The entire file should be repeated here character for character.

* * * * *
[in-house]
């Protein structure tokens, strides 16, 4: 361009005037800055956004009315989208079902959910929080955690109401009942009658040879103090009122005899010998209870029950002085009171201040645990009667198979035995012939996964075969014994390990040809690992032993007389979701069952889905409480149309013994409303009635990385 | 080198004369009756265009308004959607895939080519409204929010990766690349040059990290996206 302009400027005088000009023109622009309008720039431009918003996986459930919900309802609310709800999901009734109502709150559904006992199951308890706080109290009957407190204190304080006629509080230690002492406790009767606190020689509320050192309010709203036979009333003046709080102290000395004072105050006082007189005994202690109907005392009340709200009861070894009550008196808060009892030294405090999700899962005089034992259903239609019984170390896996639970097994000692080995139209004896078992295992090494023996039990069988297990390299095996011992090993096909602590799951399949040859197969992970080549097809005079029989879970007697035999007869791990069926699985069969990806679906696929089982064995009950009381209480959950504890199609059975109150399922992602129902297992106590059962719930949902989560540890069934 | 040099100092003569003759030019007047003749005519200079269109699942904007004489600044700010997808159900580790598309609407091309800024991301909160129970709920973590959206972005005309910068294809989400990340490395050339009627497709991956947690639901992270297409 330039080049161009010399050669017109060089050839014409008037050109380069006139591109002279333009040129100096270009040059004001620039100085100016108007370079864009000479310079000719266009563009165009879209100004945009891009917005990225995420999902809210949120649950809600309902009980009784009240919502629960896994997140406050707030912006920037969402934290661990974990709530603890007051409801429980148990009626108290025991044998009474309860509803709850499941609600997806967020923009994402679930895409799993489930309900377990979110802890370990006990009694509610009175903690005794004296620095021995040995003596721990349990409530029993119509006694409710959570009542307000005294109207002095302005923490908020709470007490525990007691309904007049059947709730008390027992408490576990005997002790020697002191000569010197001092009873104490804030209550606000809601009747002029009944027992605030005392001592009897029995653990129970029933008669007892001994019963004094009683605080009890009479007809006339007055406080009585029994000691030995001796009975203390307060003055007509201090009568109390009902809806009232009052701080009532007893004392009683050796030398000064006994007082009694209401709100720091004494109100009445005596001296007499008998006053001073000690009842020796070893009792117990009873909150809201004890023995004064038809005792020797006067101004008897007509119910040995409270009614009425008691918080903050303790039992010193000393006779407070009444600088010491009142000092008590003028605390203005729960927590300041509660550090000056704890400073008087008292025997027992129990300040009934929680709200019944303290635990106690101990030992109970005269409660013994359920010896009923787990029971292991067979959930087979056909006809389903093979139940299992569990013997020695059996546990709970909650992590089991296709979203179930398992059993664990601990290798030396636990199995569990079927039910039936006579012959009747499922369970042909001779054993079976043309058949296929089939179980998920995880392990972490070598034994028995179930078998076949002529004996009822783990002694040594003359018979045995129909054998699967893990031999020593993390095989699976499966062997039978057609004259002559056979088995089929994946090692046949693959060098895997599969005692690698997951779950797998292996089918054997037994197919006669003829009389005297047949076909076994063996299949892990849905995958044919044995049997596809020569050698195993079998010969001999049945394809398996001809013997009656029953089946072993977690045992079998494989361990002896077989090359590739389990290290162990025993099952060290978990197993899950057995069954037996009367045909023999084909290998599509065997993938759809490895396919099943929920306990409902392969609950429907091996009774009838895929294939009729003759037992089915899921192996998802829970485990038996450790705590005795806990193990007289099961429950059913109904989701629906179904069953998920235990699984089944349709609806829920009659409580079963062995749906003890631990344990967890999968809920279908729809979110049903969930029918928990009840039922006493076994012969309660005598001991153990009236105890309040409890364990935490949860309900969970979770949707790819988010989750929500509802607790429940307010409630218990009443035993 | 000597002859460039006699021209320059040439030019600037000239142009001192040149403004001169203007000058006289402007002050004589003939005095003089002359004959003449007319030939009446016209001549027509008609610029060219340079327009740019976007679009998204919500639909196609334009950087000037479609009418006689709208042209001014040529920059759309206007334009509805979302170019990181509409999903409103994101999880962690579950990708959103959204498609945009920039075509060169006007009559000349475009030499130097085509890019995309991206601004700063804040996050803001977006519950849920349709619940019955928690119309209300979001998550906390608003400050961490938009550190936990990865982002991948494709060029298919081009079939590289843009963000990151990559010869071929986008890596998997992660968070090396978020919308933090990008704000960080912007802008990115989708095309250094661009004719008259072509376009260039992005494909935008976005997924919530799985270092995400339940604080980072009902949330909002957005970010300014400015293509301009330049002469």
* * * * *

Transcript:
[in-house]
């Protein structure tokens, strides 16, 4: 361009005037800055956004009315989208079902959910929080955690109401009942009658040879103090009122005899010998209870029950002085009171201040645990009667198979035995012939996964075969014994390990040809690992032993007389979701069952889905409480149309013994409303009635990385 | 080198004369009756265009308004959607895939080519409204929010990766690349040059990290996206 302009400027005088000009023109622009309008720039431009918003996986459930919900309802609310709800999901009734109502709150559904006992199951308890706080109290009957407190204190304080006629509080230690002492406790009767606190020689509320050192309010709203036979009333003046709080102290000395004072105050006082007189005994202690109907005392009340709200009861070894009550008196808060009892030294405090999700899962005089034992259903239609019984170390896996639970097994000692080995139209004896078992295992090494023996039990069988297990390299095996011992090993096909602590799951399949040859197969992970080549097809005079029989879970007697035999007869791990069926699985069969990806679906696929089982064995009950009381209480959950504890199609059975109150399922992602129902297992106590059962719930949902989560540890069934 | 040099100092003569003759030019007047003749005519200079269109699942904007004489600044700010997808159900580790598309609407091309800024991301909160129970709920973590959206972005005309910068294809989400990340490395050339009627497709991956947690639901992270297409 330039080049161009010399050669017109060089050839014409008037050109380069006139591109002279333009040129100096270009040059004001620039100085100016108007370079864009000479310079000719266009563009165009879209100004945009891009917005990225995420999902809210949120649950809600309902009980009784009240919502629960896994997140406050707030912006920037969402934290661990974990709530603890007051409801429980148990009626108290025991044998009474309860509803709850499941609600997806967020923009994402679930895409799993489930309900377990979110802890370990006990009694509610009175903690005794004296620095021995040995003596721990349990409530029993119509006694409710959570009542307000005294109207002095302005923490908020709470007490525990007691309904007049059947709730008390027992408490576990005997002790020697002191000569010197001092009873104490804030209550606000809601009747002029009944027992605030005392001592009897029995653990129970029933008669007892001994019963004094009683605080009890009479007809006339007055406080009585029994000691030995001796009975203390307060003055007509201090009568109390009902809806009232009052701080009532007893004392009683050796030398000064006994007082009694209401709100720091004494109100009445005596001296007499008998006053001073000690009842020796070893009792117990009873909150809201004890023995004064038809005792020797006067101004008897007509119910040995409270009614009425008691918080903050303790039992010193000393006779407070009444600088010491009142000092008590003028605390203005729960927590300041509660550090000056704890400073008087008292025997027992129990300040009934929680709200019944303290635990106690101990030992109970005269409660013994359920010896009923787990029971292991067979959930087979056909006809389903093979139940299992569990013997020695059996546990709970909650992590089991296709979203179930398992059993664990601990290798030396636990199995569990079927039910039936006579012959009747499922369970042909001779054993079976043309058949296929089939179980998920995880392990972490070598034994028995179930078998076949002529004996009822783990002694040594003359018979045995129909054998699967893990031999020593993390095989699976499966062997039978057609004259002559056979088995089929994946090692046949693959060098895997599969005692690698997951779950797998292996089918054997037994197919006669003829009389005297047949076909076994063996299949892990849905995958044919044995049997596809020569050698195993079998010969001999049945394809398996001809013997009656029953089946072993977690045992079998494989361990002896077989090359590739389990290290162990025993099952060290978990197993899950057995069954037996009367045909023999084909290998599509065997993938759809490895396919099943929920306990409902392969609950429907091996009774009838895929294939009729003759037992089915899921192996998802829970485990038996450790705590005795806990193990007289099961429950059913109904989701629906179904069953998920235990699984089944349709609806829920009659409580079963062995749906003890631990344990967890999968809920279908729809979110049903969930029918928990009840039922006493076994012969309660005598001991153990009236105890309040409890364990935490949860309900969970979770949707790819988010989750929500509802607790429940307010409630218990009443035993 | 000597002859460039006699021209320059040439030019600037000239142009001192040149403004001169203007000058006289402007002050004589003939005095003089002359004959003449007319030939009446016209001549027509008609610029060219340079327009740019976007679009998204919500639909196609334009950087000037479609009418006689709208042209001014040529920059759309206007334009509805979302170019990181509409999903409103994101999880962690579950990708959103959204498609945009920039075509060169006007009559000349475009030499130097085509890019995309991206601004700063804040996050803001977006519950849920349709619940019955928690119309209300979001998550906390608003400050961490938009550190936990990865982002991948494709060029298919081009079939590289843009963000990151990559010869071929986008890596998997992660968070090396978020919308933090990008704000960080912007802008990115989708095309250094661009004719008259072509376009260039992005494909935008976005997924919530799985270092995400339940604080980072009902949330909002957005970010300014400015293509301009330049002469």